Last month, we indented search listings, one of Google’s newer features for its search engine results pages (SERPs). That SERP feature listed additional pages that were relevant and important for the search query but that were from the same domain. In doing so, it drastically changed the calculus for page poaching – the SEO tactic of keeping the content on each page isolated enough from all of the others so it didn’t compete with them.
The post actually raised some confusion. Lawyers were conflating indented search listings with another Google SERP feature that looks strikingly similar: The sitelink.
What is a Sitelink?
A sitelink is a website listing in the SERP that includes an indented list of some of the site’s major subdomains:
This example doesn’t have one, but some sitelinks include a search function that will perform an internal site search, straight from the SERP.
As you can see, the sitelink feature looks remarkably similar to Google’s indented search listings feature:
Sitelinks, however, cluster subdomains underneath the main domain or home page. Indented results merely present other potential hits for the search query from the same domain.
For law firms, then, the sitelink feature will likely include links to pages like:
- Practice areas
- Contact us
- About us
While the indented results page will present pages or articles that have overlapping content, making them both relevant and important for the search query. For example, for a criminal defense firm and the search query “what is an affirmative defense,” the main result and its indented accompaniment may look like this:
- Affirmative Defenses: What are They?
- Is Self-Defense an Affirmative Defense?
- What is the Burden of Proof in an Affirmative Defense?
A nuanced difference, but a difference all the same.
According to Google, the goal of the sitelink is to save users time by putting important subpages right in the SERP.
Sitelinks Will Largely Be Contained to Branded Searches
Something to notice in the examples of sitelinks and indented search results, above, is the search query. The one that leads to the sitelink is a branded search query for our eventual overlords.
While the example is merely anecdotal, we don’t think that it’s an anomaly.
The way sitelinks are designed, they seem geared more towards branded searches than anything else. Google insists that “[w]e only show sitelinks for results when we think they’ll be useful to the user.” The vast majority of the time, that is going to be when someone has performed a branded search.
How to Get a Sitelink
Google claims that sitelinks are automatically generated at this point. However, it says that site owners can take the following steps to maximize their chances of getting one for their SERP listing:
- Make the page titles and headings “informative, relevant, and compact”
- Create a logical and easy to navigate site structure
- Link to important pages from other relevant pages
- Optimize the anchor text of internal links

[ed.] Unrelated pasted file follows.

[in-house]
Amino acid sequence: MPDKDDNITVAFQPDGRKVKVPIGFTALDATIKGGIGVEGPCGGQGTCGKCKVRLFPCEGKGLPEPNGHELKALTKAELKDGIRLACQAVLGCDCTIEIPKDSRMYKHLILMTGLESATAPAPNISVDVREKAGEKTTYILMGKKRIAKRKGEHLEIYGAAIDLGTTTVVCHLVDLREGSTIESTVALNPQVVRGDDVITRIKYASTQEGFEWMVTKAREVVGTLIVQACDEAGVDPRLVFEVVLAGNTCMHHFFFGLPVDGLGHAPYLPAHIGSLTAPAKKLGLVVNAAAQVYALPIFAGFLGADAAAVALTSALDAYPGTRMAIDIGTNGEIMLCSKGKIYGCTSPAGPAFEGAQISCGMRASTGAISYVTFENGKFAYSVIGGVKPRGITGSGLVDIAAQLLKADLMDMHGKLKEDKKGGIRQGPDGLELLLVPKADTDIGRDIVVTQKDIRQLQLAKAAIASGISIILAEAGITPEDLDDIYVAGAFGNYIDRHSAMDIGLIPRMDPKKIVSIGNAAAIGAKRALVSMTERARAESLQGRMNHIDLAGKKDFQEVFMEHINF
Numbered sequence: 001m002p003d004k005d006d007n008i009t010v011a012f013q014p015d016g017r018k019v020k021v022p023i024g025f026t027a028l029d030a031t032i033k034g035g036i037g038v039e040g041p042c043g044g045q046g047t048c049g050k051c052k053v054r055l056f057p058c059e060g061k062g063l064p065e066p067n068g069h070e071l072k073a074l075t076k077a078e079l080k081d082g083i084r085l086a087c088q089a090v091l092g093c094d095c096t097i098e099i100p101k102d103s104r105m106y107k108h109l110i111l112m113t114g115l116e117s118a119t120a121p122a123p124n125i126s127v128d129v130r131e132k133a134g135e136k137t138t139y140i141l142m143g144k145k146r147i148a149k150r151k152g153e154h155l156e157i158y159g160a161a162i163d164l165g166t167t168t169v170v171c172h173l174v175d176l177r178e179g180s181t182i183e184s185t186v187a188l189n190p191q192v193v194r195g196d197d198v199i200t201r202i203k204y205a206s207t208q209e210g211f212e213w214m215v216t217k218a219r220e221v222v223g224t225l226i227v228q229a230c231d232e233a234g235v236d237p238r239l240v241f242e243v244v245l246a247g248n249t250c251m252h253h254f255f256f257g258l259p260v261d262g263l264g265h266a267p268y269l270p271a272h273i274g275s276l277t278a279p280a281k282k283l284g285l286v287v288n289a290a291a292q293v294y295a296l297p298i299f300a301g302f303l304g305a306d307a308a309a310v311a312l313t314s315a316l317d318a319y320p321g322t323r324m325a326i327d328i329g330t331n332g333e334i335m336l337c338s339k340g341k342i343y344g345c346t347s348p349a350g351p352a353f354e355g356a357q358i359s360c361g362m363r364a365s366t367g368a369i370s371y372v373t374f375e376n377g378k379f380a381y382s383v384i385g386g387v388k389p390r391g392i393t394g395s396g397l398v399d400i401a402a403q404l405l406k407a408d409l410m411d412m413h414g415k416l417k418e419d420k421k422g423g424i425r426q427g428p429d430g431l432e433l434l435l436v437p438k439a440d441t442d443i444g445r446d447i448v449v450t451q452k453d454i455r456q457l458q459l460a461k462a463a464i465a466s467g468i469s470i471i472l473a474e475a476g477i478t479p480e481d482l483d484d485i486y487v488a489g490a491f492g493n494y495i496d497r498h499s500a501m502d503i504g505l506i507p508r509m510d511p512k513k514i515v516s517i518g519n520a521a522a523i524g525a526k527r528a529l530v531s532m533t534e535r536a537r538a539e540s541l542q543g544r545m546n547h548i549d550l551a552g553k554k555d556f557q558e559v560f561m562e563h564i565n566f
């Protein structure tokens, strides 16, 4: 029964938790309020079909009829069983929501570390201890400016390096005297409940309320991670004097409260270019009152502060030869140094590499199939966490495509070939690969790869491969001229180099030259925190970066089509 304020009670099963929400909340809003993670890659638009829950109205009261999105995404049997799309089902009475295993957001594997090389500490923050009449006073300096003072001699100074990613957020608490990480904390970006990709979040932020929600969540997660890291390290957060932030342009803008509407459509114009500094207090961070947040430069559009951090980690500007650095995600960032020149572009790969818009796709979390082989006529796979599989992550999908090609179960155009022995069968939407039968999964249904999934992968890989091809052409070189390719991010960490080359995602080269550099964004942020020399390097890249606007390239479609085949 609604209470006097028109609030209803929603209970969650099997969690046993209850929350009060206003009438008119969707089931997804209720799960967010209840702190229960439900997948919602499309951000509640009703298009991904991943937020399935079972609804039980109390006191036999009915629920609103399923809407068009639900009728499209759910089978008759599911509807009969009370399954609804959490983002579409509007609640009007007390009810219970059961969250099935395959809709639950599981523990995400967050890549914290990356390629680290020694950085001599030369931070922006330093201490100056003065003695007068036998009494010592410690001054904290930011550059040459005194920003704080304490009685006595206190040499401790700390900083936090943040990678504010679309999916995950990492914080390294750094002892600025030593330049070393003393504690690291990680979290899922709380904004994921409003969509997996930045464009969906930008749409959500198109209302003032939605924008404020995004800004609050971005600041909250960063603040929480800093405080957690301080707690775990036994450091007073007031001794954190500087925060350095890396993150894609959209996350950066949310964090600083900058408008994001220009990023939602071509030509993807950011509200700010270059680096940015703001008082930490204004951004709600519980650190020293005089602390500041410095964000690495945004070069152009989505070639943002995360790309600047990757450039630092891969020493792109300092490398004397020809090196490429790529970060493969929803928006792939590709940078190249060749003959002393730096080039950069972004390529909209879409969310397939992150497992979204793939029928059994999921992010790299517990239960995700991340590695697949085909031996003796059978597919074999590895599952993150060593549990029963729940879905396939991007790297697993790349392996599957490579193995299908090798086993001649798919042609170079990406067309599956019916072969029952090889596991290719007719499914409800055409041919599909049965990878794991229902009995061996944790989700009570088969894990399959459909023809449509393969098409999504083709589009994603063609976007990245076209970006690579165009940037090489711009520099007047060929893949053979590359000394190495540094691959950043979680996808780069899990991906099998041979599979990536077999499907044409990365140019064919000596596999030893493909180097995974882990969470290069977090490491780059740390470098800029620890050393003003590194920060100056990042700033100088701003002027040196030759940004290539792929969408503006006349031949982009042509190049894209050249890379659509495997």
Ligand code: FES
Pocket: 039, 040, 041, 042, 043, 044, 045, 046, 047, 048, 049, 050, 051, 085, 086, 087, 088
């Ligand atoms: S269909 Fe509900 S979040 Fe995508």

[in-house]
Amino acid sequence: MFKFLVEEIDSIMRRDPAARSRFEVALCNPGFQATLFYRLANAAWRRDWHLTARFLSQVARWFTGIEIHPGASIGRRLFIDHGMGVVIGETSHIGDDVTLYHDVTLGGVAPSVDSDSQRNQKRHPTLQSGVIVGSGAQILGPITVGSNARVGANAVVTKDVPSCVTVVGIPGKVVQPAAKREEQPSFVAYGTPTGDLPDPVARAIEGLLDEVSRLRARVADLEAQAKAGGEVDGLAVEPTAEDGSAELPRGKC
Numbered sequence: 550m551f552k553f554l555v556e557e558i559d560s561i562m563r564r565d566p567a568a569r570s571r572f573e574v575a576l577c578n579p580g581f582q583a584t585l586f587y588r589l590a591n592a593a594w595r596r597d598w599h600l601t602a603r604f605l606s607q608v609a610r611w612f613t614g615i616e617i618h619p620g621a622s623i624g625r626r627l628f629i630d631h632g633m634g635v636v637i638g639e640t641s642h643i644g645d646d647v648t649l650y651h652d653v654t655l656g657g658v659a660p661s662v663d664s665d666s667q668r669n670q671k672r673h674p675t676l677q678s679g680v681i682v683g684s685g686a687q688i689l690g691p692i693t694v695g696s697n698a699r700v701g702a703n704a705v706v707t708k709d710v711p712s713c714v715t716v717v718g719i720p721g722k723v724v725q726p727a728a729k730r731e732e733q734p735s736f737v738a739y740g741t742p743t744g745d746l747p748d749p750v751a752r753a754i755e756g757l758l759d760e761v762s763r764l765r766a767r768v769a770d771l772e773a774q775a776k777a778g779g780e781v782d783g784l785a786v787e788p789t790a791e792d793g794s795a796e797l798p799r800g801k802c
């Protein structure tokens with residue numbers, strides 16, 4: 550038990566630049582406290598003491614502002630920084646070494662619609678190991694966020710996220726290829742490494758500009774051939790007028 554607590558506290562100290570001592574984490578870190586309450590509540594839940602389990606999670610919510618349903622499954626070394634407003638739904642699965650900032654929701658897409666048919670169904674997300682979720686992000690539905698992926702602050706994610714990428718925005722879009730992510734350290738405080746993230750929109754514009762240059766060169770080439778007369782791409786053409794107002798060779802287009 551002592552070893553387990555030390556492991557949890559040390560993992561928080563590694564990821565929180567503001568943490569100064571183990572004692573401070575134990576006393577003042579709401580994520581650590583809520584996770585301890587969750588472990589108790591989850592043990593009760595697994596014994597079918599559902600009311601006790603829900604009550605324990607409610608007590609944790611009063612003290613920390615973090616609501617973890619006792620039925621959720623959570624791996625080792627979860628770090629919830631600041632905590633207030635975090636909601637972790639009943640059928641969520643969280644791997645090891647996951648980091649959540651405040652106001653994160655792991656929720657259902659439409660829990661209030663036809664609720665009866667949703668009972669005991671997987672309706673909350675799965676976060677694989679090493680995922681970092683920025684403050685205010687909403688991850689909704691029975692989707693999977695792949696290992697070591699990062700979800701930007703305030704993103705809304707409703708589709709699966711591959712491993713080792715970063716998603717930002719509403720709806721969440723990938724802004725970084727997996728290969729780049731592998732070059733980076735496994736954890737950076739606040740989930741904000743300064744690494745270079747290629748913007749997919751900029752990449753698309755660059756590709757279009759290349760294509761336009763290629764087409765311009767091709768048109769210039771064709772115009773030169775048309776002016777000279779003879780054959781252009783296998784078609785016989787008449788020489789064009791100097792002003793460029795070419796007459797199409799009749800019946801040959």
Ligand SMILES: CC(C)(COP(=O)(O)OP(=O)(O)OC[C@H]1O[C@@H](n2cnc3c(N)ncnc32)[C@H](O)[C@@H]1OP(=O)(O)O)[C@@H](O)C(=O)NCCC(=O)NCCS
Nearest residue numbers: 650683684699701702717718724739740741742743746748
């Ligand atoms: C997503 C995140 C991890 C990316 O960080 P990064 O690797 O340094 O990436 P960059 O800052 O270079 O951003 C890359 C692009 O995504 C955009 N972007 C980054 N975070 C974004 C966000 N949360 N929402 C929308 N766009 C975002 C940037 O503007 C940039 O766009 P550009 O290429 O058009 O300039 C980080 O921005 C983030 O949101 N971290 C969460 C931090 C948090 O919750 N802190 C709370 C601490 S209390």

- Don’t create repetitive content
Unfortunately, if a sitelink contains a link that you don’t want it to show, the only way to correct it is to either remove the page from your site or put a “noindex” tag on it. Neither of these is a particularly good choice.
Do You Really Need a Sitelink?
Our response is somewhere between a yes and a no.
They’re nice to have for branded searches that were likely going to come to your law firm’s website, anyway, because they take up more real estate in the SERP and give searchers the option of skipping through your law firm’s homepage and to the subdomain that they want. This can make for a better user experience, which can speed up the process of converting a potential client into a paying one.
However, there is very little indication that sitelinks draw more traffic than a normal organic listing in the SERP. There is one claim that sitelinks boost a site’s click-through-rate by 30%, but it only deals with sitelinks in pay-per-click (PPC) ads. We think that data will not translate to organic listings because putting a sitelink into a PPC for another company’s branded search (for some good old competitive keyword advertising) can give your PPC the appearance of the brand being sought, confusing web searchers into clicking on the PPC rather than what they were looking for.
So yes, sitelinks can be useful for your viewers. And yes, they take up more room in the SERP and make your listing jump out a bit. But no, we don’t there is reliable data that shows that listings with sitelinks get more traffic.
Nevertheless, many law firms will create websites that spawn sitelinks organically, just by following the normal best practices of SEO: Creating a flat site architecture, hosting lots of content, and organizing it into logical silos. We think that this is the big takeaway, here. If your law firm’s listing in branded searches doesn’t have a sitelink, it’s not the end of the world. If you want to change that, the best thing to do isn’t to pursue getting a sitelink: It’s to play the bigger SEO game.